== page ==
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ERIC Number: ED142490
Record Type: RIE
Publication Date: 1977-Apr
Pages: 27
Abstractor: N/A
An Analysis of the Women's Movement as a Social Movement.
Budenstein, Mary Jane
The paper analyzes the development of the women's movement, indicating how this particular movement empirically documents the theoretical suppositions of a sociologically defined social movement. A social movement is defined as "a group venture extended beyond a local community or a single event and involving a systematic effort to inaugurate changes in thought, behavior, and social relationships." In the first half of the paper, the author describes integral parts in the formation of a social movement, including the role of a communications network, organizational form, leadership, and goals. The women's movement has been able to grow due to the effective use of modern, mass media. There are two branches, the reform or "women's rights" branch, and the radical branch. Within the paper, the National Organization for Women (NOW) is discussed as an example of how the reform branch works within the system toward reforming social and political institutions. The radical branch, which has rejected a formal organizational style, is more liberal. Various crises are reviewed which prompted formation of specific women's movement groups on national, state, and local levels. Ten common goals are identified, including revision of divorce and alimony laws, Equal Rights Amendment (ERA) passage, and change in educational and political systems to assist and admit women. (AV)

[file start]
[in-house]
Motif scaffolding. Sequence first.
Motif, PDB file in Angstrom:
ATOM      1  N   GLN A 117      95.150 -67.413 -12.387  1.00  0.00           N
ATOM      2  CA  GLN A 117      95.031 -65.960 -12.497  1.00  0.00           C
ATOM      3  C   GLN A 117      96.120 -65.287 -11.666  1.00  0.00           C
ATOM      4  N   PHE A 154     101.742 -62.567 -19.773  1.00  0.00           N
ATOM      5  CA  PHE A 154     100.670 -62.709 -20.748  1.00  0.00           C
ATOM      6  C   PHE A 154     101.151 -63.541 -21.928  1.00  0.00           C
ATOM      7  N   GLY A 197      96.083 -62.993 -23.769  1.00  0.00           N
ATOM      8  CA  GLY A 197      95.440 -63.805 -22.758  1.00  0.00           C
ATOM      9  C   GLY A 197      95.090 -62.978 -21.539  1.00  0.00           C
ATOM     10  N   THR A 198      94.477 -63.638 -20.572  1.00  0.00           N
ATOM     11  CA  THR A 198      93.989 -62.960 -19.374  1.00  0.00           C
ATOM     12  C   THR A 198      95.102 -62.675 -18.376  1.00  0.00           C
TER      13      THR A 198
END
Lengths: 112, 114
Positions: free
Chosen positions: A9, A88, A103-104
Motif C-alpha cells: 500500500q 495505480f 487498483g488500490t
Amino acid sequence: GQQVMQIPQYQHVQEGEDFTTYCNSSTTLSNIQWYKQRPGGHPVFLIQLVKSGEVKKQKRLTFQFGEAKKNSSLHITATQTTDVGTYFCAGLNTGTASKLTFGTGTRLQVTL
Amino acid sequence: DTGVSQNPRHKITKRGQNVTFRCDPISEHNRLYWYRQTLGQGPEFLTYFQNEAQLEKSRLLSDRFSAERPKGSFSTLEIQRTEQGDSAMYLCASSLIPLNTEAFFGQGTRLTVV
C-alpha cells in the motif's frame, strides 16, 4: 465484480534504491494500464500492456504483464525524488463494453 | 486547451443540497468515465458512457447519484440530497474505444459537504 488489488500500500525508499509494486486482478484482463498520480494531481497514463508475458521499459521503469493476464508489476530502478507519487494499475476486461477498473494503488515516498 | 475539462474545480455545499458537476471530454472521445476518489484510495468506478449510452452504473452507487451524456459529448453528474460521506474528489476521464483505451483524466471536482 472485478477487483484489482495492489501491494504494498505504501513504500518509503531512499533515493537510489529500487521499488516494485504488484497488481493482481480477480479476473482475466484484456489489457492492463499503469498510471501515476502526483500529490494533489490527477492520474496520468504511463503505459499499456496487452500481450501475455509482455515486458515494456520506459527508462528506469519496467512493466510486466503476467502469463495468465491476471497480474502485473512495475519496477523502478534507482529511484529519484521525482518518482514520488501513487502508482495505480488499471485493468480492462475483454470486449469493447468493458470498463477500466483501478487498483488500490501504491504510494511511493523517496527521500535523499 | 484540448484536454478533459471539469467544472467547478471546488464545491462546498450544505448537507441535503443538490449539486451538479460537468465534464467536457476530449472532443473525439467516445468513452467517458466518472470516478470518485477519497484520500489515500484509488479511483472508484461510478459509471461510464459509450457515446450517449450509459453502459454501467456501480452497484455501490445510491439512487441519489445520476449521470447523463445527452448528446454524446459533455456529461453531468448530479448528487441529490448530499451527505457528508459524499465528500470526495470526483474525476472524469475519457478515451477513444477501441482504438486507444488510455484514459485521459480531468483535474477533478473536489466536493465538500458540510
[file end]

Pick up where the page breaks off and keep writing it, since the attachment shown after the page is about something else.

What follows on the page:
Publication Type: Speeches/Meeting Papers
Education Level: N/A
Audience: N/A
Language: N/A
Sponsor: N/A
Authoring Institution: N/A
Note: Paper presented at Annual Meeting of the Western Social Science Association (Denver, Colorado, April 21-25, 1977)